It’s been a highly productive summer for Dunoon Hill Runners, with club members pursuing a broad range of distance and personal fitness goals. The club has been represented in races ranging from 10K to almost 100 miles in length, mostly on hilly trail but with an occasional foray on to tarmac.
The longest distance, at 96 miles, was the West Highland Way Race. This was David Wilson’s third outing and saw him take almost 3 hours off of his 2017 time, coming in at 22 hours, 55 minutes. Ricky Reid took an almost identical time off of his previous year’s time, coming in at 23 hours and 21 minutes this year.
Ricky went on to earn the title of “Triple Crown” winner, after having run all 3 major races on the West Highland Way in 2018, including the 53 mile Highland Fling and the 42 mile Devil O’ The Highlands.
Dunoon Hill Runners could be found in numbers at races across the country such as the Goatfell Hill Race, the Glen Lyon Ultra, the Cowal Way Chase, the Fort William Marathon, the Devil O’ The Highlands , the Lakes Sky Ultra, the Dunoon Presents Half Marathon and 10K, the Calderglen 10K and the Bute Highland Games 10K. The 2017 President’s Trophy winner, Bryan Fitzpatrick, has kept busy, competing in over a dozen Scottish Hill Racing series events as well as club races so far this year – too many to list!
The second year of the Cowal Way Chase produced a second place for Roger Stewart in the 18 mile trail race, plus a first female place for Marion Mcmillan and third overall for Ricky Reid in the 30 mile ultra race.
Elsewhere, new member Stuart Greenway snagged first place at the Dunoon Presents 10K while Ross Morley-Trapnell was first in the MV50 category. It’s been a great season for Jean Mclennan who came fourth in her FV50 category in the Highland Fling among other accomplishments. And returning to the Devil O’ The Highlands, Grant Mackellar finished in an impressive twelfth place overall.
Kat Sims ran the Lakes Sky Ultra in the Lake District, a race described as “extreme mountain racing”, where she was the fifth female finisher.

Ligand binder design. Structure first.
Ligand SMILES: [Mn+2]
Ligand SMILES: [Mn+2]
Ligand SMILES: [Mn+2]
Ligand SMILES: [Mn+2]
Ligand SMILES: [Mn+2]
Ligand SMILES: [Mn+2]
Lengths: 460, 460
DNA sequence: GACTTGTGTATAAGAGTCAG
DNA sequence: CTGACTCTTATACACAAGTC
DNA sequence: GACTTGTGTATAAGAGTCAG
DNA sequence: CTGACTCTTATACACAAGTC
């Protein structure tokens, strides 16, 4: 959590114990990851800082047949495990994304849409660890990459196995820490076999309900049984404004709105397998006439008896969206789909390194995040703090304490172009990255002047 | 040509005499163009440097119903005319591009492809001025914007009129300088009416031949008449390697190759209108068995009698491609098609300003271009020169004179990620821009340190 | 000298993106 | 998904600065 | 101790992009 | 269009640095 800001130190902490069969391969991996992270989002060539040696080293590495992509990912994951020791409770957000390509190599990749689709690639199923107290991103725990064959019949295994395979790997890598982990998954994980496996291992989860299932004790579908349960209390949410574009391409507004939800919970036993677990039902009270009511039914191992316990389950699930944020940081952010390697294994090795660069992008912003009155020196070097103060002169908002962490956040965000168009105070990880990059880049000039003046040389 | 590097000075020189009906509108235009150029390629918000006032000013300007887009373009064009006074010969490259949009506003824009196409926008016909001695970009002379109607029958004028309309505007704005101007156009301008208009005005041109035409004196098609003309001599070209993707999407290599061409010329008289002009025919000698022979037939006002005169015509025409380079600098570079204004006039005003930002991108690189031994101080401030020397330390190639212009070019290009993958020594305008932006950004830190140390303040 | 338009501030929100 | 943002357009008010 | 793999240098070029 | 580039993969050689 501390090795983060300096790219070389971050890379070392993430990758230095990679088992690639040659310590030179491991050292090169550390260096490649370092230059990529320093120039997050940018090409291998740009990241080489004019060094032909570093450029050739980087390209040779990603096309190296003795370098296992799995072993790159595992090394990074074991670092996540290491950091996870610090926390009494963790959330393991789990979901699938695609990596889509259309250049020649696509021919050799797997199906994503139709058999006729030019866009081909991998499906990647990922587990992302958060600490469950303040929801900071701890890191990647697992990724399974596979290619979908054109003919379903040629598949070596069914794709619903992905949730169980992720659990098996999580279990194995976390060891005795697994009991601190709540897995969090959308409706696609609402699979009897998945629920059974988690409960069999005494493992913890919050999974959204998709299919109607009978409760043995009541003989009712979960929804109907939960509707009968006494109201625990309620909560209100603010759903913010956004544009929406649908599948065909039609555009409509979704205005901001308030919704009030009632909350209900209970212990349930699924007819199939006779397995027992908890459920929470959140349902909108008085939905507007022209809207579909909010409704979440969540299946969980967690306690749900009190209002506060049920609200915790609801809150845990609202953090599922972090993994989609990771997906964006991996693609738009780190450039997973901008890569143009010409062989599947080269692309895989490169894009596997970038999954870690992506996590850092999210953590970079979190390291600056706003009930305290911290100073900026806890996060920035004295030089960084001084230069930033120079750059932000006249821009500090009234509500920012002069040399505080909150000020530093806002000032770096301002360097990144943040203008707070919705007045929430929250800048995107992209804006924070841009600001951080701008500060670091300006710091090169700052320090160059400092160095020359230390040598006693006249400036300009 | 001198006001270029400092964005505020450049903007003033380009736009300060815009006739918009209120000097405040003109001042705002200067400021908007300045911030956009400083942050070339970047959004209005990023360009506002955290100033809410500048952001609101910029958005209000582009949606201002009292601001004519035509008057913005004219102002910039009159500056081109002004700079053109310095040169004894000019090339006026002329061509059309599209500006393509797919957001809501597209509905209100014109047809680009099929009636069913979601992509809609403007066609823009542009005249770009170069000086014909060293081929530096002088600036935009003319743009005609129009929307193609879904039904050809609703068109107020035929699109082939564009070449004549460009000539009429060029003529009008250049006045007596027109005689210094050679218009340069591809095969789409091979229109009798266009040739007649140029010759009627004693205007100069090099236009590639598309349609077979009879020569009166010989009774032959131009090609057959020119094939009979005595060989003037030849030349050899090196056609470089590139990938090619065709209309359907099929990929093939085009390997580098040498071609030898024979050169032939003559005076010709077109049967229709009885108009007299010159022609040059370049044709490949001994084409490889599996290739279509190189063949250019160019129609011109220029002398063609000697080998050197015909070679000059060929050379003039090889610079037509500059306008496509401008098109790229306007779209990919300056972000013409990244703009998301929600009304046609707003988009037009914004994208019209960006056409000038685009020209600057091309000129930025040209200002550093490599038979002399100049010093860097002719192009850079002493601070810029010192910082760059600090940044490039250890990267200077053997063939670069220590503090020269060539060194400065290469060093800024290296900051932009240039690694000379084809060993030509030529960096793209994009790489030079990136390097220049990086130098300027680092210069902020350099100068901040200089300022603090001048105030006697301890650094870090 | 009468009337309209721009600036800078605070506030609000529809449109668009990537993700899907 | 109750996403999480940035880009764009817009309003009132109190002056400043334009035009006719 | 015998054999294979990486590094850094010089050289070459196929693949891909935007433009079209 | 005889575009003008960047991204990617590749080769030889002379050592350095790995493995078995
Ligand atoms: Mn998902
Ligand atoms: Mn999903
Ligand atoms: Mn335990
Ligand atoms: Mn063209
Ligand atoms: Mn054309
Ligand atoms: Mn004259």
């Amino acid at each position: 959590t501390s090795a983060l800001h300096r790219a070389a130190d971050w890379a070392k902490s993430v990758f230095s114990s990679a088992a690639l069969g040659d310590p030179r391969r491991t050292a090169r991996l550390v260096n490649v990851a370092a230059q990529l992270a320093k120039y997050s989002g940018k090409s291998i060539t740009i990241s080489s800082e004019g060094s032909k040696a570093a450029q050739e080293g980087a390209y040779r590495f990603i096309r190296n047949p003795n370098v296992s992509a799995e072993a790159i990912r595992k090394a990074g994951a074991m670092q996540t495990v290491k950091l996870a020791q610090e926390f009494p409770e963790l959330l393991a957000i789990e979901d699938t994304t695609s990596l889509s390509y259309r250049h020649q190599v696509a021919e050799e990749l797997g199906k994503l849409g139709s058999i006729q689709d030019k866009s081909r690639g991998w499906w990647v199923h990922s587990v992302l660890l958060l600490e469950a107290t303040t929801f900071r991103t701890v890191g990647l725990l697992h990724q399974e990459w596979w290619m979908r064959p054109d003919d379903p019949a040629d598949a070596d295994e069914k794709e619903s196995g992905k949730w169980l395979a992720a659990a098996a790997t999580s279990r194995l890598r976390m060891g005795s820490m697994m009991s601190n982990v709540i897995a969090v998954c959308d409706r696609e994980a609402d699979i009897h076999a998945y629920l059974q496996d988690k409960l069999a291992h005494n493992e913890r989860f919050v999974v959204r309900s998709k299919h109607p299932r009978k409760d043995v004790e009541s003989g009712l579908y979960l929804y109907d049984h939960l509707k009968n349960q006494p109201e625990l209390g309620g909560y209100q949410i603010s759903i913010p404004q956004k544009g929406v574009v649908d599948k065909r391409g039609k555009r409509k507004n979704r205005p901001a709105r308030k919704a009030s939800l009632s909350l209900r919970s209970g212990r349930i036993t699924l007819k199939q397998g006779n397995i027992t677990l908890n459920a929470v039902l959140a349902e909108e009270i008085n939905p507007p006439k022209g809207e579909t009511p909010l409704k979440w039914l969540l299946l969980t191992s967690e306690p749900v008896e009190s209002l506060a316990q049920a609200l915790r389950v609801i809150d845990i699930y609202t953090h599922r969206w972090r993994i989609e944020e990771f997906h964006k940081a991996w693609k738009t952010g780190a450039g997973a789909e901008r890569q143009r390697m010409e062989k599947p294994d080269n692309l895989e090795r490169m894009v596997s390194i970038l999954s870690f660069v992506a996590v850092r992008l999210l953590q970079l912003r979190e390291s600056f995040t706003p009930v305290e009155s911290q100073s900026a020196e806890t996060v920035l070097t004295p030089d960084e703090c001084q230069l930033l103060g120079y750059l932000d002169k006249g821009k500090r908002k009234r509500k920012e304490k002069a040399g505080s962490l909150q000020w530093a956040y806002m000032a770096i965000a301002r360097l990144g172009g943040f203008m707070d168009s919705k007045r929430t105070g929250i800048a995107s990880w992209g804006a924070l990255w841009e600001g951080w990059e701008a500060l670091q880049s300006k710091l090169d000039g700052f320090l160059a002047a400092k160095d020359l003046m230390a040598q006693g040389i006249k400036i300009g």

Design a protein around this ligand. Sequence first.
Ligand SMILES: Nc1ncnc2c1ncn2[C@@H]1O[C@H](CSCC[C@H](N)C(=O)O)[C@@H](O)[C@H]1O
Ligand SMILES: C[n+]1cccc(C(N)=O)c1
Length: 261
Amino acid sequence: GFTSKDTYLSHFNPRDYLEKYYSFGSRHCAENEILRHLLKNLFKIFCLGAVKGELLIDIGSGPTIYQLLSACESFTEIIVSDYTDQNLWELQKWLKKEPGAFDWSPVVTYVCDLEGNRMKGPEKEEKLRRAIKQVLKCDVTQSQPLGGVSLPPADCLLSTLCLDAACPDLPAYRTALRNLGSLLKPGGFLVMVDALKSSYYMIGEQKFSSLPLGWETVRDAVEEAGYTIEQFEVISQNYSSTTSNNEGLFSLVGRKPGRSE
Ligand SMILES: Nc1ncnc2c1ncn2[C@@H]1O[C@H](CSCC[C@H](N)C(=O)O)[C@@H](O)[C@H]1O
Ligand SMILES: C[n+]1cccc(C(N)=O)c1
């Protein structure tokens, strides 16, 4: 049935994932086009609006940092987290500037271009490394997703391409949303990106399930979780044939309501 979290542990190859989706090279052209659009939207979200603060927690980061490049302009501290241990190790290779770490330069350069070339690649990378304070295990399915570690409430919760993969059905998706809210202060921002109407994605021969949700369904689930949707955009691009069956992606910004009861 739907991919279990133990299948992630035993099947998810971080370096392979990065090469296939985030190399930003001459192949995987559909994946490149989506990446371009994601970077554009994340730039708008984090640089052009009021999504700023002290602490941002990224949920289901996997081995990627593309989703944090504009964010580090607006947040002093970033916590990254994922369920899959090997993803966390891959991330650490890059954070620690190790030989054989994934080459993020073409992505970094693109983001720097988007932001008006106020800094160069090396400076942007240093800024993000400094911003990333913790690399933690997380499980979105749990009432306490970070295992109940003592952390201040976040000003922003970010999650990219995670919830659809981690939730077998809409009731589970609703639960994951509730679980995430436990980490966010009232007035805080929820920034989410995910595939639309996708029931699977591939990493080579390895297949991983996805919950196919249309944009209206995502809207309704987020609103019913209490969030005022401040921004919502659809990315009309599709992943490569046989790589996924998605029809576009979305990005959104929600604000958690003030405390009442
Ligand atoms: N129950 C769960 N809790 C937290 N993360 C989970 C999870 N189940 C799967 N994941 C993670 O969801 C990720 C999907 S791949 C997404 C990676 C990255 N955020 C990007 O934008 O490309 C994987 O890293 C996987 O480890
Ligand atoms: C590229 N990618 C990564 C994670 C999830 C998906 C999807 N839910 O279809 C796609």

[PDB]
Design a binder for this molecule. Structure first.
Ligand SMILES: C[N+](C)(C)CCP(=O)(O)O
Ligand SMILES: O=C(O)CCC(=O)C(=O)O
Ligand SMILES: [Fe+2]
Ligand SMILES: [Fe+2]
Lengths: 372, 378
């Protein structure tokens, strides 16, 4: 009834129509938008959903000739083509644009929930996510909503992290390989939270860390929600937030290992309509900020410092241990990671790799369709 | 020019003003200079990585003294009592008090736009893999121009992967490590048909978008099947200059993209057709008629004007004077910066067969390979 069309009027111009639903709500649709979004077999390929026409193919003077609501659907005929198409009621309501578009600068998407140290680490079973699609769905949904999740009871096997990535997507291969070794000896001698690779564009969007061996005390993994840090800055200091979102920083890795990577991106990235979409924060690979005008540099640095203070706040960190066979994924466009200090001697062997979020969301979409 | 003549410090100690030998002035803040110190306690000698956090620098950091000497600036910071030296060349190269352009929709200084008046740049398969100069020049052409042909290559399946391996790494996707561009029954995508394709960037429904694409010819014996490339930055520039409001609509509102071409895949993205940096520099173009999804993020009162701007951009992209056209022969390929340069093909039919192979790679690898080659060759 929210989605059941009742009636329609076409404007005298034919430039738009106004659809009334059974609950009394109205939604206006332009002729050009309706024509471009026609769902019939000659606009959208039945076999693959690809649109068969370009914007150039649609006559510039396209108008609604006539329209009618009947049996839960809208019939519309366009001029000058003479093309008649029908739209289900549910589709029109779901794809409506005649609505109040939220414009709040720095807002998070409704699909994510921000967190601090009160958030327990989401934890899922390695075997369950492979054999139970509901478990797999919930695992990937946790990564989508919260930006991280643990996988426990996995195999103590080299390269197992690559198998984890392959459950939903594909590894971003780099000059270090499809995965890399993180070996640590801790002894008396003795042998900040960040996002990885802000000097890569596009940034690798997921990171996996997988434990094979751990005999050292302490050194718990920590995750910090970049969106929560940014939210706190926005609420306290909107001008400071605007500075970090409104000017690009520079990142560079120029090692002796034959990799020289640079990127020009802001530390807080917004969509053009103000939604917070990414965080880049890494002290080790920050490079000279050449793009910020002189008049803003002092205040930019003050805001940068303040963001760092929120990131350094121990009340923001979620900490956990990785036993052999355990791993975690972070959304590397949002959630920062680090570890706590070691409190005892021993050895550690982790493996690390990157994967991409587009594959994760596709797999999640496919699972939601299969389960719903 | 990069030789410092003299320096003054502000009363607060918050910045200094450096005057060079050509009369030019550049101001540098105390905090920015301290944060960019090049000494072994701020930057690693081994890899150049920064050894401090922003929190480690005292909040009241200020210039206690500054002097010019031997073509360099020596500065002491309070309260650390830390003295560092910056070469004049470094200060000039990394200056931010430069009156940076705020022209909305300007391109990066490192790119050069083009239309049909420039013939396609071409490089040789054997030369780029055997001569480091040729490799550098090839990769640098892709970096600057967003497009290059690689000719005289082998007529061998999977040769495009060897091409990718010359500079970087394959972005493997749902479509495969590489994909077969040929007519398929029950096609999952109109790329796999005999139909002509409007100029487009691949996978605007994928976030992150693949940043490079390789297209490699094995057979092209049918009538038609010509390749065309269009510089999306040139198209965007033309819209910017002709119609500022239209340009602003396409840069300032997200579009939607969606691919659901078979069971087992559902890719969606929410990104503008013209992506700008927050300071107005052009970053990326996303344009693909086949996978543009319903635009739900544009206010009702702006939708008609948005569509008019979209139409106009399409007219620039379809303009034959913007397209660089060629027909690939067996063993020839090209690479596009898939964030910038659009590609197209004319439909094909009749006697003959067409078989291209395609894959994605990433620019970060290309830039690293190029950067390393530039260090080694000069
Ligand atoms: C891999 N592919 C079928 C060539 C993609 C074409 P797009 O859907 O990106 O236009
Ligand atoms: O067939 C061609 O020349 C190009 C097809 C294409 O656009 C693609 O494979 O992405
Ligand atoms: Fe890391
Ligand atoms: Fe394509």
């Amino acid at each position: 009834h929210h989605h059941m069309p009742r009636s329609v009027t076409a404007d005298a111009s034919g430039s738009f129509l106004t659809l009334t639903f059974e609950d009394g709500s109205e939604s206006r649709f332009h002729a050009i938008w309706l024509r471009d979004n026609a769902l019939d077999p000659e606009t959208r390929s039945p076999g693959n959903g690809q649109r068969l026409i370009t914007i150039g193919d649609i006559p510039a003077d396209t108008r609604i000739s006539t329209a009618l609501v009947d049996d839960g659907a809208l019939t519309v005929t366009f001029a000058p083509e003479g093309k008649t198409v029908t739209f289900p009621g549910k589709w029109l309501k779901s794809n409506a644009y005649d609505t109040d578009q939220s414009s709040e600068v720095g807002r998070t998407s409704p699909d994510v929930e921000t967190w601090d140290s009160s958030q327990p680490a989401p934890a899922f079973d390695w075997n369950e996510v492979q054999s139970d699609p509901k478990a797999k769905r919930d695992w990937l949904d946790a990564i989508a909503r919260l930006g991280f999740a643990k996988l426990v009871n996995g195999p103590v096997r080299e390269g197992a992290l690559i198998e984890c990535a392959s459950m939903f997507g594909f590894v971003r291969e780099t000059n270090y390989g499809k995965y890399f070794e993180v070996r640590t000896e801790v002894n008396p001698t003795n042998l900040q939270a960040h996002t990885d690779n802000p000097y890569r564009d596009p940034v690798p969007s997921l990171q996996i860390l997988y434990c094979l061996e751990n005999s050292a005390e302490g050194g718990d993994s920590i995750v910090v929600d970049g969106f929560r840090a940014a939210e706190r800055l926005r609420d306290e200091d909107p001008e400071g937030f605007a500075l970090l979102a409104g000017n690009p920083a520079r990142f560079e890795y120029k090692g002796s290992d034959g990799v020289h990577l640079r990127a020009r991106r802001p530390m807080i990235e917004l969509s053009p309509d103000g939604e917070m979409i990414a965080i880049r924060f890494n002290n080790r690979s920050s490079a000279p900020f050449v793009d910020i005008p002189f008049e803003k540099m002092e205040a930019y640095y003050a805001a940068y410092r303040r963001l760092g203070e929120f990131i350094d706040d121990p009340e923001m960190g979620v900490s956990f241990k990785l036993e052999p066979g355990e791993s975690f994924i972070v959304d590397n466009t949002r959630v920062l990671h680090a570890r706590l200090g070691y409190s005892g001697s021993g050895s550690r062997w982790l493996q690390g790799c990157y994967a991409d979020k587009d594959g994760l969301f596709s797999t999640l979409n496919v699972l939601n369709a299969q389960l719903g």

No stranger to distance running, Morven Walsh had set herself her most ambitious challenge yet by taking on the 73 mile Great Glen Way Ultra in July. The route follows the major natural faultline from Fort William to Inverness and starts at 1 am on a Saturday morning. Runners have 22 hours to complete the race with no support crew allowed. Morven finished comfortably in 19 hours and 41 minutes.
Wrapping up the summer, the club, including several beginners, was out in force at the Cowal Highland Gathering competing in both the road and the hill races.
Of course, it’s not all about huge distances and podium places as there have been many other personal achievements, including Ciorsdan Taylor’s first Dunoon Half Marathon, where she raised over £500 for Olly’s Wee Bothy. Whilst several members have used their club training to assist with fitness for other disciplines such as triathlon, Eilidh Brown attributes her DHR training with enabling her to obtain 10 international refereeing caps at the European Touch Rugby Championships. For others, still being able to fit into their running vest was noted as being the height of attainment.
Member Catriona MacIntyre summed it up by saying, “I’m happy to have stuck at it for more than a few weeks! Thank you DHR for getting me there.”